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Book Chapter

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The Blackwell Companion to Protestantism


The term "fundamentalism" has been used to describe a host of religious movements across the globe that are militantly antimodernist, aggressively patriarchal, literalist in their reading of sacred texts, and assiduous in their efforts to draw boundaries between themselves and outsiders. While "Islamic fundamentalism" has received the most attention, particularly after the September 11, 2001, terrorist attacks, scholars and journalists have also applied the term to movements within such disparate traditions as Judaism, Sikhism, and Hinduism, as well as to various Christian groups.

There are benefits to understanding fundamentalism as a global movement that grows out of deep-seated and intense opposition to (aspects of) modernity, and that is found in a wide array of religious traditions. Among other things, such an approach allows for interesting and often insightful comparative analysis. But there are problems with defining fundamentalism generically and applying it globally. Not only does such an approach not lend itself to definitional precision, it can devolve into derogatory shorthand for reactionary religious groups. As a result, and for the purposes of this chapter, it is best to understand fundamentalism where it started, as a religious movement within Protestantism.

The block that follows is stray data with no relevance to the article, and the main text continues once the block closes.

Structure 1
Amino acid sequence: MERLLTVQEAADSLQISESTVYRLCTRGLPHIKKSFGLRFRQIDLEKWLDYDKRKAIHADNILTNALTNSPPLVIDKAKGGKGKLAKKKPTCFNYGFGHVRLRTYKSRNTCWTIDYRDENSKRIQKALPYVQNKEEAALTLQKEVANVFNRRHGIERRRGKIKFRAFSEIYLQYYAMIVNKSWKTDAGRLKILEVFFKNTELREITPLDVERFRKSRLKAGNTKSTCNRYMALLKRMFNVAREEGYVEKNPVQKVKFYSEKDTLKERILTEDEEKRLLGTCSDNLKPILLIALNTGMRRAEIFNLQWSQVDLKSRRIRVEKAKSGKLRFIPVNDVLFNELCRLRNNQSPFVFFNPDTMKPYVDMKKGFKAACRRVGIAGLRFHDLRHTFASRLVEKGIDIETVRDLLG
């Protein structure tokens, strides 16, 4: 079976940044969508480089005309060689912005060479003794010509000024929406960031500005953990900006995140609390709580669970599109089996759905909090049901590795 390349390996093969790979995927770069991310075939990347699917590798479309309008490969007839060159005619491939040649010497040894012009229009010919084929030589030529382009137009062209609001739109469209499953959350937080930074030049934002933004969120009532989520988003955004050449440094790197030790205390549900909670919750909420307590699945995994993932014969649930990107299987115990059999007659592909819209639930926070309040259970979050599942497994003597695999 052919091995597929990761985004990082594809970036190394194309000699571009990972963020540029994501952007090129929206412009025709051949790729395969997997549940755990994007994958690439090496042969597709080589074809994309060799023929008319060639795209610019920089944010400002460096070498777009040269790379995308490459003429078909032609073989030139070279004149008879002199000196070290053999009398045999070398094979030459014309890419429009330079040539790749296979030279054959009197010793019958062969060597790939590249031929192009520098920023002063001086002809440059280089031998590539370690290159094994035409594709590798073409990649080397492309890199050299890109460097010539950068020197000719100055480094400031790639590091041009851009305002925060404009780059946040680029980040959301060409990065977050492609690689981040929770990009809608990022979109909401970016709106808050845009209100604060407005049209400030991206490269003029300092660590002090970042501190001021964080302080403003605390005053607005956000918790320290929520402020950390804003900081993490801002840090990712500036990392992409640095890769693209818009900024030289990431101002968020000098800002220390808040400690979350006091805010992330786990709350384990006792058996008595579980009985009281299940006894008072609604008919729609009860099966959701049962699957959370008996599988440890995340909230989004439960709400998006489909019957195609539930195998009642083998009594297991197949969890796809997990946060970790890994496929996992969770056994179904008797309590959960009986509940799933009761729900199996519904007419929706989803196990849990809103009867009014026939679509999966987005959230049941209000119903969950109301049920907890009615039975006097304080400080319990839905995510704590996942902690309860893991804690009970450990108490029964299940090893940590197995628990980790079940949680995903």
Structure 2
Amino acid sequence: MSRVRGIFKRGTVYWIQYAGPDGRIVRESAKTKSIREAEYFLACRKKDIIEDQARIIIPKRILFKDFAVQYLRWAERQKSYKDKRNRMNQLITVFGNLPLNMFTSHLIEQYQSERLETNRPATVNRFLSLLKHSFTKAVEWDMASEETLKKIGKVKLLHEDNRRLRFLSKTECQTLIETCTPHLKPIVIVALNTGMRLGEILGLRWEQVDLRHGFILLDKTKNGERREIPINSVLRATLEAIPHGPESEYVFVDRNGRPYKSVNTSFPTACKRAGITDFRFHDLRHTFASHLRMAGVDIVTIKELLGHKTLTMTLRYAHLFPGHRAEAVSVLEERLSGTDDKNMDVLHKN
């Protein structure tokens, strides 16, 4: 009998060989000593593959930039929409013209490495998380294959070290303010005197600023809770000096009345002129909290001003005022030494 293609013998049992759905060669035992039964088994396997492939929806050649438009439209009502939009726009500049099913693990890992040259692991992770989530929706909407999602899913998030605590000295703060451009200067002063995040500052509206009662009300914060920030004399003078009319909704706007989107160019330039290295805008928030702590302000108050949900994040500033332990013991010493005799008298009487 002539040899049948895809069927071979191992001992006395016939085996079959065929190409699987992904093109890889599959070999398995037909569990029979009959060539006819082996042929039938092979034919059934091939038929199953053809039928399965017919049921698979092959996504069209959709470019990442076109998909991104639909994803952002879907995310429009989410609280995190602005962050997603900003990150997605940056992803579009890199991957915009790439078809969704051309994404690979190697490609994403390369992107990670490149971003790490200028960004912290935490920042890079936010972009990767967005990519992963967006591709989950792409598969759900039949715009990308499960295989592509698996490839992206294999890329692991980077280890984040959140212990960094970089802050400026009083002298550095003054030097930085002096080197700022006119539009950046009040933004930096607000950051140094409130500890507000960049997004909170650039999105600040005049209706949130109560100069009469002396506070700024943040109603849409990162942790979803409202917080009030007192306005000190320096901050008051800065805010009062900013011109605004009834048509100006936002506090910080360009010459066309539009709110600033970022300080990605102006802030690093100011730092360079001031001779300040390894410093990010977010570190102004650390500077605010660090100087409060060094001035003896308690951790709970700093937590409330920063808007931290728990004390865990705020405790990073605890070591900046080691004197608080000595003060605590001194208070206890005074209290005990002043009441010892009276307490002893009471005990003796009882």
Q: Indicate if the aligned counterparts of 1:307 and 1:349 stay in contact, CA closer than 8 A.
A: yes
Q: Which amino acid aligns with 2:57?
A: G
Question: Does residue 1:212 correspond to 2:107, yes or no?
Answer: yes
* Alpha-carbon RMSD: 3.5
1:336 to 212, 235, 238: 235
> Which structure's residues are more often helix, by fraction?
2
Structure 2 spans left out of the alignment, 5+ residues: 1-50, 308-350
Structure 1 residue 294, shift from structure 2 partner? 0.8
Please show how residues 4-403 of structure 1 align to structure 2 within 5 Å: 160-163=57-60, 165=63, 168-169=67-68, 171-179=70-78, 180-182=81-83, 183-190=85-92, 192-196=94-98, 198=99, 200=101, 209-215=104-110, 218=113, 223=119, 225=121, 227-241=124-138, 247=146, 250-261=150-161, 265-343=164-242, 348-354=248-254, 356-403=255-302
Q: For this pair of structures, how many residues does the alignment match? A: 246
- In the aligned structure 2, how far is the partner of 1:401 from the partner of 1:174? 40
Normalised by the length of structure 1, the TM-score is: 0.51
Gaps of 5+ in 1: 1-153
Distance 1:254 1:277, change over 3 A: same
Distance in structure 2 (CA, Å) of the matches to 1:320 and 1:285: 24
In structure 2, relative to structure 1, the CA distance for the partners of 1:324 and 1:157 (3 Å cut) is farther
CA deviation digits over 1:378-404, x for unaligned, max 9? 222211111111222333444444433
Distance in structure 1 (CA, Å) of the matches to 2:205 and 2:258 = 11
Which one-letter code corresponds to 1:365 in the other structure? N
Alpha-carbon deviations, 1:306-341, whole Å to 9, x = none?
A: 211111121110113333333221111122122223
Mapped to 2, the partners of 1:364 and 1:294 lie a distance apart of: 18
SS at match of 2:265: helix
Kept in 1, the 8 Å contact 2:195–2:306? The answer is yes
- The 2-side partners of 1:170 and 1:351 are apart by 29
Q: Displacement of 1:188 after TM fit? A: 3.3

Fundamentalism had its origins in late nineteenth and early twentieth-century Anglo-American evangelicalism, and it blossomed into a full-fledged religious movement in the years immediately after World War I (see Brereton, 1990: 165-70; Carpenter, 1997: 3-12). To a great degree fundamentalism has been an American phenomenon, with its origins and greatest strength in the United States, although it has had a limited presence in Canada (although, as George Marsden has observed, it has often been "successfully propagated overseas by its vigorous missions"). While there are a multitude of evangelical connections between the United States and the remainder of the Anglo-American world, for a variety of reasons — including a greater commitment to established churches and to ecumenism — the fundamentalist movement never had the impact in England or even in Canada that it had in the USA.

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Citation information:

  • The Blackwell Companion to Protestantism. Eds. A.E. McGrath and D.C. Marks. Oxford: Blackwell, 2003


Blackwell Publishing

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Malden, MA

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